Foreign Workers: You Can Live Here, but Stay Invisible!

The loudest saga is finally over. The Singapore government has decided to scale down the size of the foreign worker dormitory in Serangoon Gardens, from 1,000-pax capacity to 600. It has also taken into account some of the residents’ request.

What made me rolled my eyes in disbelief is some of the requests that were submitted by residents. Here are some of the requests as quoted word-per-word from The Straits Times Oct 17, p. A3, with my comments:

The government has said YES to:

Growing trees and shrubs near the dorms access road to block the sight of the street from surrounding houses

I have nothing against trees and shrubs. The greener, the better. But the reason for making this request indicates that “yes, foreign workers can stay here. But we don’t want to see them. Please hide them from our eyesight.”

No mass gatherings or activities after 10:30pm

I have nothing against this principle. But I think the same rule should be imposed on the Singaporean residents in the area … I have known certain Singaporeans who host dinner or mahjong parties late into the night, using public roads as a car park for their guests while there are clearly “no parking” marks on the side street. At least the dorm will have its own parking area for their vehicles ….

To minimize traffic jams, the Ministry of National Development will work with the dormitory operator to arrange for buses to pick up and drop off workers within the dorm’s premises

I have nothing against this. Pickup and drop off indeed should be done within a complex, not on public side streets.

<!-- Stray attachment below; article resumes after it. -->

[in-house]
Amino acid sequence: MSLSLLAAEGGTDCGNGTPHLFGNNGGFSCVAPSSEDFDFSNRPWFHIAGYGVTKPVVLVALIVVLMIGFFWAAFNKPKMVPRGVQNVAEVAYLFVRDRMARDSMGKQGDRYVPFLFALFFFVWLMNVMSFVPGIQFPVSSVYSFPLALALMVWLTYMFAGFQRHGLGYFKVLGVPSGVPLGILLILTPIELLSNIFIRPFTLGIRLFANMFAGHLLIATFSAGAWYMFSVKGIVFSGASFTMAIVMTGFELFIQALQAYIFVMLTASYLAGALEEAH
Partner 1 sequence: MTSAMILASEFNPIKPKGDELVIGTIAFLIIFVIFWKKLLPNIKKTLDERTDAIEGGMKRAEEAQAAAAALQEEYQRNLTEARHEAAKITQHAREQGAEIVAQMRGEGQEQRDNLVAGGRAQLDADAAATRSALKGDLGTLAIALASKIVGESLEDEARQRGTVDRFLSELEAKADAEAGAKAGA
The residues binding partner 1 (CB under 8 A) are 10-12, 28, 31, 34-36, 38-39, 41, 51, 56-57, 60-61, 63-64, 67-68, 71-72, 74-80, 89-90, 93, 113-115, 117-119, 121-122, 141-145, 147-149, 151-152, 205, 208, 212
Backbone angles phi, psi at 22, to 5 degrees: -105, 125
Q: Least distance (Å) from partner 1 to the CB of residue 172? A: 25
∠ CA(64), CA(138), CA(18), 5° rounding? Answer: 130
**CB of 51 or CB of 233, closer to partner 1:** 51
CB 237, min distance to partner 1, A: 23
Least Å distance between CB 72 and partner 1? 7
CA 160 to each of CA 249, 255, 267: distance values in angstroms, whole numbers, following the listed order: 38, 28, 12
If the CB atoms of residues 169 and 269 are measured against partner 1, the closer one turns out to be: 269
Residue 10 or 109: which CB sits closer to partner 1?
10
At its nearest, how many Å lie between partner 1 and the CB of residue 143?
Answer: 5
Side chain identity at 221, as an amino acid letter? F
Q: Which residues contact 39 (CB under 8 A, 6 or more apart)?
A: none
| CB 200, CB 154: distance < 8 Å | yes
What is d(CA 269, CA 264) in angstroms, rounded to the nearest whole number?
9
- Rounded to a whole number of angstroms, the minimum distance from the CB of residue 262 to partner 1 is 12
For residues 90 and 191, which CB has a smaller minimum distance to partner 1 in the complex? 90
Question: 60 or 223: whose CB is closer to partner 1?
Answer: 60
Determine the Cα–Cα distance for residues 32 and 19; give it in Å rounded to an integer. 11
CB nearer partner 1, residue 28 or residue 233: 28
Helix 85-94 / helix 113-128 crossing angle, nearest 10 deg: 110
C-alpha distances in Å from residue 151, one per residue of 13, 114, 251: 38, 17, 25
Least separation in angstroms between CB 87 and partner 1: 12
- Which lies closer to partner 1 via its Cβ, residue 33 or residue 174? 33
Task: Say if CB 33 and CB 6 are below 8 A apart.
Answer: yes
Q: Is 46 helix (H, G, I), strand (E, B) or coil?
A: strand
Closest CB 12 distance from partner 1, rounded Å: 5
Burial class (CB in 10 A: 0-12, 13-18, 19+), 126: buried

The operator of the dormitory will provide amenities, such as a mini-mart and laundry room, so that the workers will not have to venture out into the community to use those facilities

Unbelievable! This is downright selfishness, or worse … classism. While I agree that a large dormitory should be equipped with amenities, the fact that residents requested the workers NOT TO VENTURE OUT INTO THE COMMUNITY TO FIND SUITABLE AMENITIES is just incredible! What if the workers don’t like the food provided in their in-house canteen? What if the laundry facility outside of their complex is cheaper? What if their in-house mini mart doesn’t have the things that they need to buy? We can’t deny their rights for price comparison and choice!

And this request would only hurt local businesses, already impacted by the economic downturn. If the workers indeed cannot venture out into the community, local businesses will not get a single benefit from 600 additional residents.

If the residents really want to impose this rule on the foreign workers, what about testing this rule amongst the Serangoon Garden residents themselves for three months, where they can only go to one mini mart (which may not sell your favorite cigarette / instant noodle / biscuit / tissue brand), one laundry mart, and five closest eating houses that sell exactly the same thing every single day? See how that feels …